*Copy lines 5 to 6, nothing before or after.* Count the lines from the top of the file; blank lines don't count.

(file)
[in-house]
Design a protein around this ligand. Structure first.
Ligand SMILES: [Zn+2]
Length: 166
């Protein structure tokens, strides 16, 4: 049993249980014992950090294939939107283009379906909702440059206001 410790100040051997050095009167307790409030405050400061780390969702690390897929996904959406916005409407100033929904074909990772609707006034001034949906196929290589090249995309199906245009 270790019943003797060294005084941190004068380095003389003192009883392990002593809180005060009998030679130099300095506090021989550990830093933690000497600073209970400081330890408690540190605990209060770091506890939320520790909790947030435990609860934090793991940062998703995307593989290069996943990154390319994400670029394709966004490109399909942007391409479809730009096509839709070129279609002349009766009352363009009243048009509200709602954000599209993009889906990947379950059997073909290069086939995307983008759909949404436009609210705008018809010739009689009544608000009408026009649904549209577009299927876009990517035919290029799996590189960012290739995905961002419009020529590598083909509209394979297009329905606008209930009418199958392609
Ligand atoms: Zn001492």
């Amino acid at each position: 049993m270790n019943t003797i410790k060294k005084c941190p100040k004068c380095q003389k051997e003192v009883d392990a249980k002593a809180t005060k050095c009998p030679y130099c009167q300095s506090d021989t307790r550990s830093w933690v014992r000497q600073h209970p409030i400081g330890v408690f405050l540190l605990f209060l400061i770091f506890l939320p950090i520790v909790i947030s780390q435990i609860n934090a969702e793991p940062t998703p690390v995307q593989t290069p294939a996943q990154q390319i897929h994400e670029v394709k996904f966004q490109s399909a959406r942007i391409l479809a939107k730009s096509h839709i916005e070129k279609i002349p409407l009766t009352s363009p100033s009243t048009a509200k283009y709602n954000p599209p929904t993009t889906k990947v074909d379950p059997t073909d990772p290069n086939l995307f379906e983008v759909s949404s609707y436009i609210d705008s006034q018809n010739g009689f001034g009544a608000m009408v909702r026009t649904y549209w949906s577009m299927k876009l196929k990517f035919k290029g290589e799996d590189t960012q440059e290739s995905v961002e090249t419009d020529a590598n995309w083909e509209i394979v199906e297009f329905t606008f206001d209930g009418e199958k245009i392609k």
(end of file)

């Protein structure tokens, strides 16, 4: 049993249980014992950090294939939107283009379906909702440059206001 410790100040051997050095009167307790409030405050400061780390969702690390897929996904959406916005409407100033929904074909990772609707006034001034949906196929290589090249995309199906245009 270790019943003797060294005084941190004068380095003389003192009883392990002593809180005060009998030679130099300095506090021989550990830093933690000497600073209970400081330890408690540190605990209060770091506890939320520790909790947030435990609860934090793991940062998703995307593989290069996943990154390319994400670029394709966004490109399909942007391409479809730009096509839709070129279609002349009766009352363009009243048009509200709602954000599209993009889906990947379950059997073909290069086939995307983008759909949404436009609210705008018809010739009689009544608000009408026009649904549209577009299927876009990517035919290029799996590189960012290739995905961002419009020529590598083909509209394979297009329905606008209930009418199958392609
Ligand atoms: Zn001492």